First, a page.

Olio: a miscellaneous collection of things.
Wow, that is the first time I have had to write 2019! The days whiz by and suddenly it is the next year. As a child, the years went by so slowly, and now they fly by before I have adjusted to it being a new one.
For the first time in what seems forever, we have sunshine. The morning began bleak, rainy, and very windy. We braved mixed winter precipitation to go to town and get breakfast and see what vendors came out for the winter Farmers’ Market. The January to April markets are informal, the vendors being allowed to park their trucks and vans in parking spaces that are closed off and occupied by other vendors during the high season markets. The morning goal was some pork, eggs, and breads and all were obtained before heading to the grocer for the non local needs.
The chicks are 9 weeks old tomorrow, so we have at least 14 or 15 more weeks before we will start seeing eggs from them. Their adult plumage is developing and though not a heritage flock, they will be pretty and there will be a variety of egg colors from green, dark brown, medium brown, and light tan. They have figured out the big girl feeder and the big girl water dispenser and are not afraid of the pop door to the outside anymore. The first day they stayed inside, the next day most were escorted out by me and that night 5 of them were found huddled in an empty feed bucket under the coop. Now, all of them can find their way out and back inside at night, though they wait until it is nearly dead dark to go in.
The Christmas week brought much family time. We had an Italian style meal on Christmas eve with daughter’s family at her home, awoke to the empty house on Christmas day. We celebrated quietly, having Huevos Rancheros and sausages for hubby and exchanging our gifts. Christmas Day, daughter’s family came here for a mid afternoon turkey and ham dinner. The next day, eldest son and eldest grandson came to celebrate and work on the deck.
Wanting to expand my fiber tools, I had asked for a 5 foot tri-loom and easel which I gladly received.
Once I figured out how to assemble it, You Tube was visited to watch weavers using one. There are several methods. The first one I tried was called continuous loop weaving. You never cut your yarn weaving across and up and down by weaving the strand with a hook.
The first triangle is a generous shawl made with two skeins of my hand spun yarn, a very smooth Corriedale and a very textured blend of Merino, Tencel, and Mohair locks plyed with Wooly Nylon, a stretchy thin thread. It was challenging as the textured yarn wanted to grab the other yarn and itself. Once it was off the loom, I decided to make one to wear when I am doing the living history events on cool days. It is being done with cut strand method and weaves on the diagonal.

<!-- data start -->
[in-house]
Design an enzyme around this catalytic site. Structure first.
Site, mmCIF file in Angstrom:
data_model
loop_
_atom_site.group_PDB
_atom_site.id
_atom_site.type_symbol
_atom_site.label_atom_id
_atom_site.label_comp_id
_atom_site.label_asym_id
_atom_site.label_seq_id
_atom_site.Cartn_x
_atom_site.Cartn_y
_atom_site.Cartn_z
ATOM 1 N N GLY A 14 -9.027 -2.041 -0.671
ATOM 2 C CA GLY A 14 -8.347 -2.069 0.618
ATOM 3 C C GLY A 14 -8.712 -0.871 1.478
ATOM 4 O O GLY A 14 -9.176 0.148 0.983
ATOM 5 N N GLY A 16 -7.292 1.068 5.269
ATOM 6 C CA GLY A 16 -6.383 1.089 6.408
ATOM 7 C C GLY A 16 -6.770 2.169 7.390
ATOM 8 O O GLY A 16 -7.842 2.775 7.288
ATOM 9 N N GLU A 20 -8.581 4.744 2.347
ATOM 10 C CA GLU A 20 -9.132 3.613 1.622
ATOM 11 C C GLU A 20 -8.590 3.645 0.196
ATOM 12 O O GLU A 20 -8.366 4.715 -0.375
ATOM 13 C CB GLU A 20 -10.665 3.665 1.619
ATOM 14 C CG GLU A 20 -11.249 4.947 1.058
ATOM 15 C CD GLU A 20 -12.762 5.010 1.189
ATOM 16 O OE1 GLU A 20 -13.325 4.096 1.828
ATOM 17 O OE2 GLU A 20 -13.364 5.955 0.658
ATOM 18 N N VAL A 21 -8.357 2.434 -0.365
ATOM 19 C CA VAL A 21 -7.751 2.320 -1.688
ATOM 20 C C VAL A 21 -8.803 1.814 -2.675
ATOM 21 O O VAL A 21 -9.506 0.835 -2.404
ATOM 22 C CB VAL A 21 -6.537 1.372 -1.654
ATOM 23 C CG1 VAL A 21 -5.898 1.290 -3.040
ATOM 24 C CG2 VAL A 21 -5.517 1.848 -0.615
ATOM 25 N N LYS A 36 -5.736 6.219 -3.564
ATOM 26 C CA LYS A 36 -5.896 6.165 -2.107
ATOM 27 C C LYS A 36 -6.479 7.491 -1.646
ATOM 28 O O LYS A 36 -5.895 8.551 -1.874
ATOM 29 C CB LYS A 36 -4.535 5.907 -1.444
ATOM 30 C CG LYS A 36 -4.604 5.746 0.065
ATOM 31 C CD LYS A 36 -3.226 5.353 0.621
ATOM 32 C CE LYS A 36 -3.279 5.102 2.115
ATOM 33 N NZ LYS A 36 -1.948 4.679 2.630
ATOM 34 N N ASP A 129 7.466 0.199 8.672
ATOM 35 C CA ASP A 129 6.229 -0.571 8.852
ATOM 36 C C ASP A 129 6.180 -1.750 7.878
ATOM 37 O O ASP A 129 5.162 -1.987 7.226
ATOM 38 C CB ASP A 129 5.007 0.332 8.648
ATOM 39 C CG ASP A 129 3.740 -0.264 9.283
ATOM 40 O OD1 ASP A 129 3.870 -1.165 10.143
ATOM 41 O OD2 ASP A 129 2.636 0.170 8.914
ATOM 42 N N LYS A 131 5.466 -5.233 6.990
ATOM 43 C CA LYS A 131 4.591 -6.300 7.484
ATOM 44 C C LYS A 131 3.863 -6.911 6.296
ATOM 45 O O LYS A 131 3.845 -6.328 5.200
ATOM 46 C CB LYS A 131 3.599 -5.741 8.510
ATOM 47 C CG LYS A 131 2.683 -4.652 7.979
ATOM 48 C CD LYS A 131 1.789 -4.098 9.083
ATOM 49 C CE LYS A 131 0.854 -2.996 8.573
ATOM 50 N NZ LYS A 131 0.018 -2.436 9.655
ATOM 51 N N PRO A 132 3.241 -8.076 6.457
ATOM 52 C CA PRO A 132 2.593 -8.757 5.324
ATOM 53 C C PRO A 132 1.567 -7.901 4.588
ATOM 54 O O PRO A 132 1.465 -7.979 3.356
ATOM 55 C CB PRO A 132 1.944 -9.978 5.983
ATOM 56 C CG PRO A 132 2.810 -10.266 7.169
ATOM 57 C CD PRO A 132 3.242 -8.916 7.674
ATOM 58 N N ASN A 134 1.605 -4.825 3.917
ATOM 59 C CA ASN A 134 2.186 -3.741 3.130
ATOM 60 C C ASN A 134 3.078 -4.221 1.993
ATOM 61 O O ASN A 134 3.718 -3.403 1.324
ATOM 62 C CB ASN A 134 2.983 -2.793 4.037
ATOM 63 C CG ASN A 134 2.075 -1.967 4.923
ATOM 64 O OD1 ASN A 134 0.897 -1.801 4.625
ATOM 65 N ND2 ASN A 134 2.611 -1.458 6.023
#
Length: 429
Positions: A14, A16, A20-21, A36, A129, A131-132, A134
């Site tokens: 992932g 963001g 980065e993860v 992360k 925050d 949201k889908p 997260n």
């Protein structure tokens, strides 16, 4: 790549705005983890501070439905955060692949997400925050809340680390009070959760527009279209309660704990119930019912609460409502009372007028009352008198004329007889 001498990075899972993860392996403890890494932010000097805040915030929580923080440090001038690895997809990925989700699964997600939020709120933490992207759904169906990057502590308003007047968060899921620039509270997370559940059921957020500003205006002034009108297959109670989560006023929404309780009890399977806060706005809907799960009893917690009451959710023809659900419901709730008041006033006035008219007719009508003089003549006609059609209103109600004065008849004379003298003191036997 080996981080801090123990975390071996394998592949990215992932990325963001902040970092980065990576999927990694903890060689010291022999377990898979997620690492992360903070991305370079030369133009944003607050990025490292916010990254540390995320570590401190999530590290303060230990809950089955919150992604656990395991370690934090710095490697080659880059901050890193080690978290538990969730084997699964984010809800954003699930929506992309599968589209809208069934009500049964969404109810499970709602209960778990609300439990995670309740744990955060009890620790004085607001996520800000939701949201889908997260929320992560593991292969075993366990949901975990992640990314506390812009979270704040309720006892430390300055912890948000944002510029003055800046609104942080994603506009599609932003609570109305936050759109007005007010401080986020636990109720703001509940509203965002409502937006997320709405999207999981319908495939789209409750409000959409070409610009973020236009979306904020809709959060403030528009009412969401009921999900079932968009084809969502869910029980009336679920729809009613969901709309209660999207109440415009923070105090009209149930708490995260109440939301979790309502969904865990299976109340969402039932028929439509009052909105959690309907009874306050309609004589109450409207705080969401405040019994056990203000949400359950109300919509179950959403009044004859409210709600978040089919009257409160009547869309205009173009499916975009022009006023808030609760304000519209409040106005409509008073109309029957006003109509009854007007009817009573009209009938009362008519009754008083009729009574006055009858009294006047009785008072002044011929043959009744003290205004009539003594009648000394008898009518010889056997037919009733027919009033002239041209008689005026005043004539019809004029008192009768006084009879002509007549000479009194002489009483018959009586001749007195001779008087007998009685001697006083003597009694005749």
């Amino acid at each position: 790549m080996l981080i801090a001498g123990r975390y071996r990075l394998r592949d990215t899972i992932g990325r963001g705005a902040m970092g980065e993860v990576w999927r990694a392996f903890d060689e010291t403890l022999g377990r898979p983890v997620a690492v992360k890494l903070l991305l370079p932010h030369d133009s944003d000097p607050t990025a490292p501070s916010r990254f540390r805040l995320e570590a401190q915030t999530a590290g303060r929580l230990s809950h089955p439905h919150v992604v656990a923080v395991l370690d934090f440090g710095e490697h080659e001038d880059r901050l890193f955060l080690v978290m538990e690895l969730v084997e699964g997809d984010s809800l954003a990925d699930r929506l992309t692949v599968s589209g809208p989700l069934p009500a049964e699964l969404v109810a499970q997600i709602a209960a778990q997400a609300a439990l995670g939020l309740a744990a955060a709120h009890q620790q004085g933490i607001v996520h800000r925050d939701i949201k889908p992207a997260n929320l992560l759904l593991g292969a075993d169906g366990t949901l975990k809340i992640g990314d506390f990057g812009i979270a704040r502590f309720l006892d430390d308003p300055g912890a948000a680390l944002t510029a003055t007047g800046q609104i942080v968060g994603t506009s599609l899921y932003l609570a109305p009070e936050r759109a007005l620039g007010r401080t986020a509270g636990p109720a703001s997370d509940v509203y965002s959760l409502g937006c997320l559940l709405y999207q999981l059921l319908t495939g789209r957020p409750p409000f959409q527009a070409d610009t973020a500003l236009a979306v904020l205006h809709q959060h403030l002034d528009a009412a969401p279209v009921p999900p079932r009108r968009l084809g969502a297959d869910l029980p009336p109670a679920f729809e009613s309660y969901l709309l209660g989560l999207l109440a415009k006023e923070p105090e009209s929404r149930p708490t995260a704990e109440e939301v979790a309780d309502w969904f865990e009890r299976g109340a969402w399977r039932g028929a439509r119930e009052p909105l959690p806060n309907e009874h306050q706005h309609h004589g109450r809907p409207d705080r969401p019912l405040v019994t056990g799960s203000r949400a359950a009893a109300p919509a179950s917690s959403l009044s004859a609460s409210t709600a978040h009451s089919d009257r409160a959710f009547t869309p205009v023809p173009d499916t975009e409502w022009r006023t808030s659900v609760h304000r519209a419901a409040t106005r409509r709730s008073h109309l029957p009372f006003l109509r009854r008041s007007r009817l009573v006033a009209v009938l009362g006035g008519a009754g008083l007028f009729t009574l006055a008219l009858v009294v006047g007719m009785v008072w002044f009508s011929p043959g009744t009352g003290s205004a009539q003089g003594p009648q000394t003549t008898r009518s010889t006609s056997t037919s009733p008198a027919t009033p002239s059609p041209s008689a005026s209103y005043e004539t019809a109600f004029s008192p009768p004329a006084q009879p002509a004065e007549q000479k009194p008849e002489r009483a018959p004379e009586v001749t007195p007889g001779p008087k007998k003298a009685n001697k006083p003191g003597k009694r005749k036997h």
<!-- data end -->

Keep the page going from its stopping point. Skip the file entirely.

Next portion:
While trying to get it done for an event tomorrow, I was also trying to get a pair of fingerless mitts finished as well as I will be selling knitted and woven goods at Old Christmas at Wilderness Road Regional Museum and demonstrating spinning tomorrow.
They were finished except for weaving in the ends while being passenger to breakfast, Farmers’ Market, and the grocery. There are less than 20 rows to go on the shawl, so hopefully it will be woven though not washed and blocked for tomorrow. It is my hand spun Coopworth from Hearts of the Meadow Farm.
I must admit, that weaving up my hand spun uses it much more quickly than knitting up the same amount of yarn.
As for the week after Christmas, eldest son and grand worked together to put the Trex surface boards on the deck.
We are excited to be able to safely go out the French Doors of the dining room and not have a one story fall. The deck surface and stairs are done. The surface is maintenance free. Unfortunately, the rails did not arrive in time for installation then, but they have now arrived and are due to be delivered this week. When he has time, eldest will return and put up the railings, balusters, and post caps. When the pressure treated posts have dried, they will be painted to match the railing and will be the only part of the deck that will require maintenance of repainting periodically.
While we were sorting tools, putting away cords, he and I tackled phase one of a major garage cleaning and reorganization, labeling boxes that contain power tools, making a pile of tile and metal fittings, Trex scraps, and other items to keep. Most of that was moved to the barn today. More will be moved another day and once the deck is done, the garage sorted out the rest of the way, a barn organization is in order. It has become a repository of building materials, building equipment, and miscellaneous other stuff. Some of it needs to go home with it’s owner, some can be sold or given away, some just needs to be straightened up so we can find it when a job needs it. Some of the tile that was moved can be used to replace the water damaged bamboo floor in front of the walkout basement door. That is another task for another time.
Back to weaving or the shawl won’t be done. I hope you had a great holiday season and have faced the new year with hope and strength.